Democrat debate exposes divides despite united front on Trump

Nicholas KAMM, with Michael Mathes in Washington
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The top candidates in the Democratic presidential nomination race (from left) -- Mayor Pete Buttigieg, Senator Elizabeth Warren, former vice president Joe Biden and Senator Bernie Sanders -- squared off in the party's fifth debate of the 2020 cycle

Divides between Democrats vying to challenge President Donald Trump in the 2020 election were laid bare in a combative debate Wednesday, as the campaign's rising star Pete Buttigieg acknowledged he faced challenges in attracting black voters.

Buttigieg, the contest's youngest candidate who occupies the same moderate lane as frontrunner Joe Biden, offered a unifying message as a way to bring Democrats and Republicans toward a broad political middle.

Democrats can seize a majority on issues like immigration and guns "if we can galvanize, not polarize that majority," Buttigieg told the debate in Georgia.

But after an opening phase dominated by talk of impeachment of Trump, participants in the fifth Democratic debate locked horns over the costly universal health care program supported by liberal senators Elizabeth Warren and Bernie Sanders.

"I believe that commanding people to accept that option, whether we wait three years as Senator Warren has proposed or whether you do it right out of the gate is not the right approach to unify the American people around a very, very big transformation that we now have an opportunity to deliver," Buttigieg said.

Former vice president Biden also took aim at the trillion-dollar reform, saying it would be wiser to build on existing Obamacare and provide a public option.

"The fact is that right now the vast majority of Democrats do not support Medicare for All," Biden said.

Biden is the face of the Democratic Party establishment and is the current frontrunner. He turned 77 on Wednesday and appeared to stumble over his words on several occasions, including during his opening remarks.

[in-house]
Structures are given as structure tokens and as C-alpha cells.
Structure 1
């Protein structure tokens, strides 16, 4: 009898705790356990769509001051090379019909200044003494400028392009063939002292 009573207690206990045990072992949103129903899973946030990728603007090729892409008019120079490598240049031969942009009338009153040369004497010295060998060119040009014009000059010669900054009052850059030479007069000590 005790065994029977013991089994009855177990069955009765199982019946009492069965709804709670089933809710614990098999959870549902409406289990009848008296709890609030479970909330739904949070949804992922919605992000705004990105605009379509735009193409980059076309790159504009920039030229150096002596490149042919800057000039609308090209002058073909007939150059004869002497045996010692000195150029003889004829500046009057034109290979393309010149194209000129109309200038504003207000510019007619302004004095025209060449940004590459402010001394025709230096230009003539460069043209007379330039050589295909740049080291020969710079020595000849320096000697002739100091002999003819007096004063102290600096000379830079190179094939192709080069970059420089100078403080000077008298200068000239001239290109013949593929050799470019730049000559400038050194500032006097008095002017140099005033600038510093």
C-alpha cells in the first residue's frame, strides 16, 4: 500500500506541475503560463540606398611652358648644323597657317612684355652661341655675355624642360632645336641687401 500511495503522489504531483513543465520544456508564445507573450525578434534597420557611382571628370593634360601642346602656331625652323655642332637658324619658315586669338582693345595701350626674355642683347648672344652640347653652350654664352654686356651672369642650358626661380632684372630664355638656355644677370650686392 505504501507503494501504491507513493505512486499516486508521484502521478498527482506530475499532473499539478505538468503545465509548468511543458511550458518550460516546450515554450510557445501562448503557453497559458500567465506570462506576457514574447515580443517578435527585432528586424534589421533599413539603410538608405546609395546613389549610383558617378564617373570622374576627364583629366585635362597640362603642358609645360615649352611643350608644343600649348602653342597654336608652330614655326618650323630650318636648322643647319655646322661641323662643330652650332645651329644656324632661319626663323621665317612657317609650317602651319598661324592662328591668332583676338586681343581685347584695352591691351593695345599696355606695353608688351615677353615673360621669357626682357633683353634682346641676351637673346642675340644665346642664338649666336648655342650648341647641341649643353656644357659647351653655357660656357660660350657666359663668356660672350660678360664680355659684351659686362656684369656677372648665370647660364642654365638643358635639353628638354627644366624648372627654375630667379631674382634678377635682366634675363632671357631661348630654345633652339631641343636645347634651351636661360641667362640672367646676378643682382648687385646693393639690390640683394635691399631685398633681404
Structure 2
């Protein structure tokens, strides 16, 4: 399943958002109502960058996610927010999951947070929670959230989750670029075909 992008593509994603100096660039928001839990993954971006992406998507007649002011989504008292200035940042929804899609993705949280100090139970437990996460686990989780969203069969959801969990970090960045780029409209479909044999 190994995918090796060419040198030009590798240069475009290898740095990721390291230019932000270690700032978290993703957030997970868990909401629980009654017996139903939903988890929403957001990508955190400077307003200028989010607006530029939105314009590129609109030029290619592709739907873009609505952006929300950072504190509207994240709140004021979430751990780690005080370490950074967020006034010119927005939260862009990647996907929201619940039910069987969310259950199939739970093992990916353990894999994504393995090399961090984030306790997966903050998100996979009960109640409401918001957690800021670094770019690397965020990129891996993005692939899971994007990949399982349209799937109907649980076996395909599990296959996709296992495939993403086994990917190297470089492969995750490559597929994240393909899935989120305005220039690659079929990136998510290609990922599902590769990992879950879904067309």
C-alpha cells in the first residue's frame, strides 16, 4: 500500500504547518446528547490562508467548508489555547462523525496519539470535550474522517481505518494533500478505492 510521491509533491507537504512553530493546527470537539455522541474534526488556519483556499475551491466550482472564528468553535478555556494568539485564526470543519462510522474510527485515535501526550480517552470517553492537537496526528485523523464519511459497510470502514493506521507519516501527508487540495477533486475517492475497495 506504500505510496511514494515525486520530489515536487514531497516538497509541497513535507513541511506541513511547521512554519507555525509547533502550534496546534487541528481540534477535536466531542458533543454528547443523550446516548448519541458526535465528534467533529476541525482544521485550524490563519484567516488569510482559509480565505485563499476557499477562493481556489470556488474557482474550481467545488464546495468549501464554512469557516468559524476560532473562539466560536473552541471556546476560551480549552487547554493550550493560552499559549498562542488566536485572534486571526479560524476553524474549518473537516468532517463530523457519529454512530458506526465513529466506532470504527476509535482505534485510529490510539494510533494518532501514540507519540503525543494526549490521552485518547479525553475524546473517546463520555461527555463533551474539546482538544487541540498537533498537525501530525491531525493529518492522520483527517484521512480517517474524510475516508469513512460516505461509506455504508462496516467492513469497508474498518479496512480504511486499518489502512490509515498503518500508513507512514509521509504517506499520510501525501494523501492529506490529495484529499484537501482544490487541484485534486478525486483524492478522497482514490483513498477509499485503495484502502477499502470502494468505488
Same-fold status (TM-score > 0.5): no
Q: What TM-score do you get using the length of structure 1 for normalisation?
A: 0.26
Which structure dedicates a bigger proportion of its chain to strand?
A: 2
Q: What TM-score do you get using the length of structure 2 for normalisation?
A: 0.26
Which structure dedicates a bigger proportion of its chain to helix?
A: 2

Buttigieg, the military veteran mayor of South Bend, Indiana, who at 37 is less than half Biden's age, sought to paint himself as a young outsider who should be elected commander-in-chief despite his slender resume.

"I get it's not traditional establishment Washington experience, but I would argue we need something very different right now," Buttigieg, mayor of a small city in Indiana, told his rivals.

But when pressed by Senator Kamala Harris, the only black woman in the race, about his low polling among African-American voters, Buttigieg acknowledged he had yet to convince one of the party's most important constituencies.

"I welcome the challenge of connecting with black voters in America who don't yet know me," said Buttigieg, the first major openly-gay US presidential candidate.

"While I do not have the experience of ever having been discriminated against because of the color of my skin, I do have the experience of sometimes feeling like a stranger in my own country."

Biden leads in national polling, followed by Warren and Sanders.

But Buttigieg has cracked into the top tier in the past month, and now tops the polls in Iowa which stages the first nomination contest in February.

Warren was the candidate to watch last month but her campaign has plateaued.

She has made headway by pledging to end a system that she described during the debate as working "better for... the rich and well-connected, and worse and worse for everyone else.

"I'm tired of freeloading billionaires," she said.

As the 10 qualifying candidates rumbled in their nationally televised showdown, dominating the political discourse is the high-stakes impeachment hearings into Trump's dealings with Ukraine.

Democrats accuse Trump of conditioning military aid and a White House meeting on Kiev's announcing investigations of Biden and his son Hunter, who worked with a Ukrainian energy company while his father was vice president.

But some candidates warned that obsessing over the president could sabotage Democrats' efforts.

"We cannot simply be consumed by Donald Trump," Sanders said. "Because if we are, you know what? We're going to lose the election."

- Trump 'punked' -

With attention directed at Capitol Hill, the debate run-up has been low-key.

But candidates lept at the chance to critique Trump's foreign policy on North Korea and Saudi Arabia.

Harris landed a sharp blow, saying Trump "got punked" by North Korea's leader Kim Jong Un.

One of the most heated exchanges came when Buttigieg ridiculed long-shot candidate Tulsi Gabbard for meeting "a murderous dictator" like Syrian leader Bashar al-Assad as the mild-mannered mayor snapped back at criticism over recent comments on Mexico.

There were lighter moments too. Senator Cory Booker, known for his moral calls to action, used humor to upbraid Biden for recently saying he opposed legalizing marijuana nationally.

"I thought you might have been high when you said it," said Booker, who went on to declare that America's war on drugs has been "a war on black and brown people."

Senator Amy Klobuchar, entrepreneur Andrew Yang and investor-turned-activist Tom Steyer rounded out the contenders.

The field may soon expand to include billionaire businessman and former New York mayor Michael Bloomberg who has recently filed ballot paperwork in two states.